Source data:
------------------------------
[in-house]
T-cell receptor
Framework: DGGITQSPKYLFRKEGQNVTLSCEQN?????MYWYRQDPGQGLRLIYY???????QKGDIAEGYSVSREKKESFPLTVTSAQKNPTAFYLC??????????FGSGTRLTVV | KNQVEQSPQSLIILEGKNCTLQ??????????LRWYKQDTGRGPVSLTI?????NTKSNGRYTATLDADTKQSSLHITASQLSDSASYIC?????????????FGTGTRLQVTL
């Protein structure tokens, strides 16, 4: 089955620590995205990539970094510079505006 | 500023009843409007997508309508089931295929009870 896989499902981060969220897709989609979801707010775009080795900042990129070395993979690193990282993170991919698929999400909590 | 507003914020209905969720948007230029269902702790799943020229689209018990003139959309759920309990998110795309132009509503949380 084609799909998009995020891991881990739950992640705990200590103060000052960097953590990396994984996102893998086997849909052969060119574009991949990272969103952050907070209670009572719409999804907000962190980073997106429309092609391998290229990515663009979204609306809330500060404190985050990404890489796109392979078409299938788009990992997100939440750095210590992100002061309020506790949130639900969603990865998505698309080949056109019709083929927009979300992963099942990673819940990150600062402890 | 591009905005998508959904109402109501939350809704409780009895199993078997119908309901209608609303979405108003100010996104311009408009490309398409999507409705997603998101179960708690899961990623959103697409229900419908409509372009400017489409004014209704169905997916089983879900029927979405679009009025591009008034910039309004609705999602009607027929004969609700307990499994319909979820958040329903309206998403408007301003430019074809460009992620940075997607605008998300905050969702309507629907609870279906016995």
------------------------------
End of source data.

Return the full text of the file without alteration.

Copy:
[in-house]
T-cell receptor
Framework: DGGITQSPKYLFRKEGQNVTLSCEQN?????MYWYRQDPGQGLRLIYY???????QKGDIAEGYSVSREKKESFPLTVTSAQKNPTAFYLC??????????FGSGTRLTVV | KNQVEQSPQSLIILEGKNCTLQ??????????LRWYKQDTGRGPVSLTI?????NTKSNGRYTATLDADTKQSSLHITASQLSDSASYIC?????????????FGTGTRLQVTL
């Protein structure tokens, strides 16, 4: 089955620590995205990539970094510079505006 | 500023009843409007997508309508089931295929009870 896989499902981060969220897709989609979801707010775009080795900042990129070395993979690193990282993170991919698929999400909590 | 507003914020209905969720948007230029269902702790799943020229689209018990003139959309759920309990998110795309132009509503949380 084609799909998009995020891991881990739950992640705990200590103060000052960097953590990396994984996102893998086997849909052969060119574009991949990272969103952050907070209670009572719409999804907000962190980073997106429309092609391998290229990515663009979204609306809330500060404190985050990404890489796109392979078409299938788009990992997100939440750095210590992100002061309020506790949130639900969603990865998505698309080949056109019709083929927009979300992963099942990673819940990150600062402890 | 591009905005998508959904109402109501939350809704409780009895199993078997119908309901209608609303979405108003100010996104311009408009490309398409999507409705997603998101179960708690899961990623959103697409229900419908409509372009400017489409004014209704169905997916089983879900029927979405679009009025591009008034910039309004609705999602009607027929004969609700307990499994319909979820958040329903309206998403408007301003430019074809460009992620940075997607605008998300905050969702309507629907609870279906016995």